Correction of Soil Problems

Topic #4: Correction of Soil Problems – [Nov. 18, 2011] Dr. Eric Hansen, Dept. of Horticulture, Michigan State University; Eric grew up in Connecticut and earned degrees at Nasson College (BS), the University of Maine studying lowbush blueberries (MS), and Oregon State University working in orchard nutrition (PhD). He is now a Professor and Extension specialist in Horticulture at Michigan State University. His primary responsibility is to provide production information to berry crop producers. He also researches a variety of production topics, including fertilization, weed management, high tunnel berry production, growth regulator use, and organic production challenges for blueberries and raspberries. Teaching includes classes on Plant Mineral Nutrition and Berry Crop Production.

This was part of a 12-part “Soil and Nutrient Management for Berry Crops” webinar series, a project that was funded by NE SARE (Northeast Sustainable Research and Education Program), and which was organized by Marvin Pritts (Professor of Horticulture at Cornell Univ.) and Cathy Heidenreich (Extension Berry Specialist at Cornell Univ.). 

Key Points and/or Points of Interest for Maine Cranberry Growers:

  • Eric’s opinion is that it’s best to work with just one lab for having your analyses done, since the methods for nutrient extraction and analysis from different labs are, likewise, different.

pH and Sulfur:

  • Optimum pH range is key! Use lime if it’s too low, and elemental sulfur (the preferred material) if it’s too high – comes as prills, chips, and powder, containing 90-95% sulfur. Some other acidifying agents: Iron sulfate reacts quickly in soils, but is more expensive than S because six times as much is required for the same pH reduction.  It also may result in salt stress.  Aluminum sulfate also reacts quickly, but requires high rates and may result in aluminum toxicity.  Acidifying N fertilizers (e.g. ammonium sulfate) help maintain soil pH, but result in excessive N if used to adjust pH – 500 lb of S is equivalent to 1,400 lb (NH4)2SO4 (ammonium sulfate) or 294 lb N!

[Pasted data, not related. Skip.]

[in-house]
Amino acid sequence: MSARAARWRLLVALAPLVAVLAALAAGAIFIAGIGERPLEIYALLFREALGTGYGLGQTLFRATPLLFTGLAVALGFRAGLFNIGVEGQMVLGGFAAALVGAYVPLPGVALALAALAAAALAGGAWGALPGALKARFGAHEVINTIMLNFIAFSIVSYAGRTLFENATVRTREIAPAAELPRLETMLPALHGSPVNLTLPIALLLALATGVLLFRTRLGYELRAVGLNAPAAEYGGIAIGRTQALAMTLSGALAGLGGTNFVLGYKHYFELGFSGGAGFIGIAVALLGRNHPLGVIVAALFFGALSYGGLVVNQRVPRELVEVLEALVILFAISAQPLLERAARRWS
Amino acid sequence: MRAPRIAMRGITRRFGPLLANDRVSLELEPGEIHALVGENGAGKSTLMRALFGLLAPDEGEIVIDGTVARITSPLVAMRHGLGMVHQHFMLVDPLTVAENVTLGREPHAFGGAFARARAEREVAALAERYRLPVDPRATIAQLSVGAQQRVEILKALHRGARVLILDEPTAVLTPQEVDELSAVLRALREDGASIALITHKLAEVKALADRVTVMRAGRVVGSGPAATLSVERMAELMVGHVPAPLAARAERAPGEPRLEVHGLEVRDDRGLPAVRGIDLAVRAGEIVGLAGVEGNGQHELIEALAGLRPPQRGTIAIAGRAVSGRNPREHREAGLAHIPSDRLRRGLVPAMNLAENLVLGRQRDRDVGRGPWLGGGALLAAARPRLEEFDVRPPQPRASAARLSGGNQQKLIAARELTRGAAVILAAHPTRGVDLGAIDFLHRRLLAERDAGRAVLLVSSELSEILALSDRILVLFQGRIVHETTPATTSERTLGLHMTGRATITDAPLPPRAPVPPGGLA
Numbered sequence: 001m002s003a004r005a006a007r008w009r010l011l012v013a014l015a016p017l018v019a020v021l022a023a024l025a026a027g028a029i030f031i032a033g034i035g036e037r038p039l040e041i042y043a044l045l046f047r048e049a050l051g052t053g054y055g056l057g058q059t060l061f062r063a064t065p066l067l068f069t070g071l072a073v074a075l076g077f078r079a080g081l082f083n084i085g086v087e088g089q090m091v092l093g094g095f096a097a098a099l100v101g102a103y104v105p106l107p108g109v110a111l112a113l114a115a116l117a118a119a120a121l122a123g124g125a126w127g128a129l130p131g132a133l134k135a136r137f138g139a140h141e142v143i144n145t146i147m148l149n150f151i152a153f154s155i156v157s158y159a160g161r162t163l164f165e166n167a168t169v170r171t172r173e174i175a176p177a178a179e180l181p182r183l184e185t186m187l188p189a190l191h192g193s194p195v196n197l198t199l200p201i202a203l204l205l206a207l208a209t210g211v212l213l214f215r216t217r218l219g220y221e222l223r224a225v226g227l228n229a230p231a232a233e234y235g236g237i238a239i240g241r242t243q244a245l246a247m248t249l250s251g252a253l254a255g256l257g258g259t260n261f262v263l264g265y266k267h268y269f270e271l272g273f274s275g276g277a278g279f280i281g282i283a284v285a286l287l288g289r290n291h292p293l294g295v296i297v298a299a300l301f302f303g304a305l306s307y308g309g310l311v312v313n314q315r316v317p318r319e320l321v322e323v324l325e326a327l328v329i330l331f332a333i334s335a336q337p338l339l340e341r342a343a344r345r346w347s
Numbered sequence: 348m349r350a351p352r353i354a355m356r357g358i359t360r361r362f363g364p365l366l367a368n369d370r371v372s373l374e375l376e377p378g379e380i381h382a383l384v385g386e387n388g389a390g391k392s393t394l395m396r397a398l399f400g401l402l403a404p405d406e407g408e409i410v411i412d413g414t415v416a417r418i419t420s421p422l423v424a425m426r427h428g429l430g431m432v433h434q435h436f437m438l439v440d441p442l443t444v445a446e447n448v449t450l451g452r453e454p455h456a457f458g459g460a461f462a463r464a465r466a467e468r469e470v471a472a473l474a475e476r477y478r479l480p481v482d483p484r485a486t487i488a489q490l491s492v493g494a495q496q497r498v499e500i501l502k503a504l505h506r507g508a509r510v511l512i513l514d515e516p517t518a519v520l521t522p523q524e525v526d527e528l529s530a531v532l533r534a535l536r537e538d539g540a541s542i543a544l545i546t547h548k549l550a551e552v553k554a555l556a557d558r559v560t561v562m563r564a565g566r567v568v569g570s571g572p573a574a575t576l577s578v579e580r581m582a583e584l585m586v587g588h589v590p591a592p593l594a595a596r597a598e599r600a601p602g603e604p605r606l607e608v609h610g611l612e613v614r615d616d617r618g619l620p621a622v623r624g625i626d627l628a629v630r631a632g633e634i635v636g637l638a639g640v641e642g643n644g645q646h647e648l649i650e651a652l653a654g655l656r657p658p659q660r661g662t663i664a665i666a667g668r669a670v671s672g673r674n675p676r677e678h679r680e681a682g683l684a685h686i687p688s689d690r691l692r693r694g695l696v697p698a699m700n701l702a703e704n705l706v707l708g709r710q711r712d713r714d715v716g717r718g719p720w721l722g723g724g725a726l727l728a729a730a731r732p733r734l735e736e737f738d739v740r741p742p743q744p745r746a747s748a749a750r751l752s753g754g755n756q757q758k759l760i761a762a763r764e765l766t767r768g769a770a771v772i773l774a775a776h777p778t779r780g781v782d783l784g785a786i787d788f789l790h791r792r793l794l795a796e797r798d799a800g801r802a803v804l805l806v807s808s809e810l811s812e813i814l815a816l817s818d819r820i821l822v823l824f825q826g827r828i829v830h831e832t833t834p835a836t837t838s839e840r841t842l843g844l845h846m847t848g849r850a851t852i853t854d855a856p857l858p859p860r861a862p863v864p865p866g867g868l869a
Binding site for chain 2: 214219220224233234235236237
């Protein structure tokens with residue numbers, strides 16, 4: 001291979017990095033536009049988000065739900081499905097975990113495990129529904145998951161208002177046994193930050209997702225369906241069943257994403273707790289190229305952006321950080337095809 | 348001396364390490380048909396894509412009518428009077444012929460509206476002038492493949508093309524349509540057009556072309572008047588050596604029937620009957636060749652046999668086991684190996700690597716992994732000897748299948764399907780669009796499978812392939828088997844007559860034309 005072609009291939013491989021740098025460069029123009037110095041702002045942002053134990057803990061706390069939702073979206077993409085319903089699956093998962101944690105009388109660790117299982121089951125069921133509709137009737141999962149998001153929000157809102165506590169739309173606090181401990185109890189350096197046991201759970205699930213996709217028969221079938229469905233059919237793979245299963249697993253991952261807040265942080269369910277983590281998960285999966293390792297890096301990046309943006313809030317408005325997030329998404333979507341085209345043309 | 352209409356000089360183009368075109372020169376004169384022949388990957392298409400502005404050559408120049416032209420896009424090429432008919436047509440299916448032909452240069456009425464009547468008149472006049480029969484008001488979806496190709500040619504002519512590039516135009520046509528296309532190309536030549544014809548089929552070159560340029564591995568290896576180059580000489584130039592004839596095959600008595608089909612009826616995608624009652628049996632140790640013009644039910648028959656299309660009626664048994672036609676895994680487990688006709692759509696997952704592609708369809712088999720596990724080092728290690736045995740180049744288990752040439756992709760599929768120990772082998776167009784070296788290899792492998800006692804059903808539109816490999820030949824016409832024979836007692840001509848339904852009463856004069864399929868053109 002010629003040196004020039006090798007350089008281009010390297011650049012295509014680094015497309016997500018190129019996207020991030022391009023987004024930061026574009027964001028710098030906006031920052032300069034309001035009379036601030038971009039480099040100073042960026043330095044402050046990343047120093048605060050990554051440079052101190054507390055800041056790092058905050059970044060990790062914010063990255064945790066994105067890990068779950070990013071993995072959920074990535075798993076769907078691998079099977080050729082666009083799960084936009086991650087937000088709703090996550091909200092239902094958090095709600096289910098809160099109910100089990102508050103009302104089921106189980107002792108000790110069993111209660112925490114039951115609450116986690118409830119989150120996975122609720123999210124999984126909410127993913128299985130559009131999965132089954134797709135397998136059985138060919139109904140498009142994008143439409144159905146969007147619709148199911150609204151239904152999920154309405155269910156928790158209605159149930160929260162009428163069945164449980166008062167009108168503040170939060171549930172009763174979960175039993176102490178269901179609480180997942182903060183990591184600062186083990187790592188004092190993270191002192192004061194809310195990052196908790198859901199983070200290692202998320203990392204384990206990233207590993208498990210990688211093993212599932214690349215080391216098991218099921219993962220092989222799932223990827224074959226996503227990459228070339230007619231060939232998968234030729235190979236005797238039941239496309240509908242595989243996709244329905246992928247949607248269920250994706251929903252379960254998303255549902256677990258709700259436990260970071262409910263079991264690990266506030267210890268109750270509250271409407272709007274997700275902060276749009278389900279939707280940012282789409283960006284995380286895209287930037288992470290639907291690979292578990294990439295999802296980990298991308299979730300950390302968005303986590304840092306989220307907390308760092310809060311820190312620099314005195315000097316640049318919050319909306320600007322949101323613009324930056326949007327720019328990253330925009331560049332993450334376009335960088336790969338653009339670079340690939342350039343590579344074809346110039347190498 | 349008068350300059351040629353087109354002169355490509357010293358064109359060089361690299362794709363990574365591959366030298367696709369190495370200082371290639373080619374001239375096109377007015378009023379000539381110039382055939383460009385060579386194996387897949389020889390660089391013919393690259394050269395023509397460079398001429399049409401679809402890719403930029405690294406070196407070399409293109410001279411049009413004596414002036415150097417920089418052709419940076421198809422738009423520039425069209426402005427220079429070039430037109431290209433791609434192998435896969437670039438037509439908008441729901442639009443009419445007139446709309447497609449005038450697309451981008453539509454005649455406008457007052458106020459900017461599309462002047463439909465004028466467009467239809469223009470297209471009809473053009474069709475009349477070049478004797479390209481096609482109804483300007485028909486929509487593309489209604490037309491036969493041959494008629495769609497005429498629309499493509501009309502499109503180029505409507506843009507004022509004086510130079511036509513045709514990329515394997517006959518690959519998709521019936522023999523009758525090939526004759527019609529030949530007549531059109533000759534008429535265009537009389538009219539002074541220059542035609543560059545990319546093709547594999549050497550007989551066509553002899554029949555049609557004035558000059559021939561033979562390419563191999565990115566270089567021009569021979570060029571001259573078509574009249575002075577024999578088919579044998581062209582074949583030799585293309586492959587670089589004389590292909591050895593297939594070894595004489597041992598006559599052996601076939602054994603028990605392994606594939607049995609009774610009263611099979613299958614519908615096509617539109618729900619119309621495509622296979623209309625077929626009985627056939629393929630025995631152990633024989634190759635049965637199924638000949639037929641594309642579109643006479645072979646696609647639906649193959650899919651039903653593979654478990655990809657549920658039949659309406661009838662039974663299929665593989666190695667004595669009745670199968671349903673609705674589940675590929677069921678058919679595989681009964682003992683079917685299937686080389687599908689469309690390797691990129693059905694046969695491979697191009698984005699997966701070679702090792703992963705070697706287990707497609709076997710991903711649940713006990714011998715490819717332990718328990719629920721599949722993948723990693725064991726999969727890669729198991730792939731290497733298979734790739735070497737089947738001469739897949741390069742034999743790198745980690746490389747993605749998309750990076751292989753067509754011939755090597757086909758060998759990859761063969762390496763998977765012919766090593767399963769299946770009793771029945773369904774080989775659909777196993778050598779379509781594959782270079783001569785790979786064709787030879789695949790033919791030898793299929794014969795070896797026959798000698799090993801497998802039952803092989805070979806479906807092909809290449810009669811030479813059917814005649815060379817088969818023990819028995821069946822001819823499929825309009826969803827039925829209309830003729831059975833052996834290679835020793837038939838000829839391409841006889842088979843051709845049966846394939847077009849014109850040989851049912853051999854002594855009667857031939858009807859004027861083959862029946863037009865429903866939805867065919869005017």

• In moist, warm, aerated soils, bacteria oxidize S to sulfuric acid; reaction of S may require a year; apply a year before planting and incorporate it for quickest reaction.
  • If more than 500 lb is needed, split the application (over two seasons ideally); S can produce hydrogen sulfide in poorly drained soils, which is toxic to roots.

 Other Nutrients:

  • Rock phosphate, in a low pH environment, can be a nice material for providing a slow release of a small amount of phosphorus over time. It is not very soluble in a high pH environment.
  • Pre-plant Potassium – incorporate prior to planting at rates based on soil test results (choose materials based on: cost per unit of K2O, the need for other nutrients, and the potential hazard from chlorine). Sul-Po-Mag (Potassium-magnesium sulfate) is a good choice if you also need magnesium; otherwise, potassium sulfate, or potassium chloride (usually cheaper, but chance of chlorine toxicity; less risk if low amounts used and if used in the Fall).
  • Pre-plant Magnesium and Calcium – incorporate prior to planting based on soil test results (choose materials based on: cost per unit of nutrient, need for pH adjustment, and need for other nutrients). If you need magnesium, but don’t want to raise your pH, then magnesium sulfate is a good choice.  Likewise, if you need calcium, but don’t want to raise your pH, then calcium sulfate is a good choice.
  • Ca, Mg, and K ratios are important, and here are the desired ranges for relative percentages: K (10-20%), Ca (60-70%) and Mg (20-30%) – in terms of the cation exchange sites.

Summary – Pre-plant Considerations

  • Understand how soil texture, pH, nutrient content, and drainage vary across a site.
  • Understand the properties of amendments and fertilizers before applications.
  • Adjust pH well before planting.
  • Build soil P, K, Ca, and Mg based on recommendations from soil tests.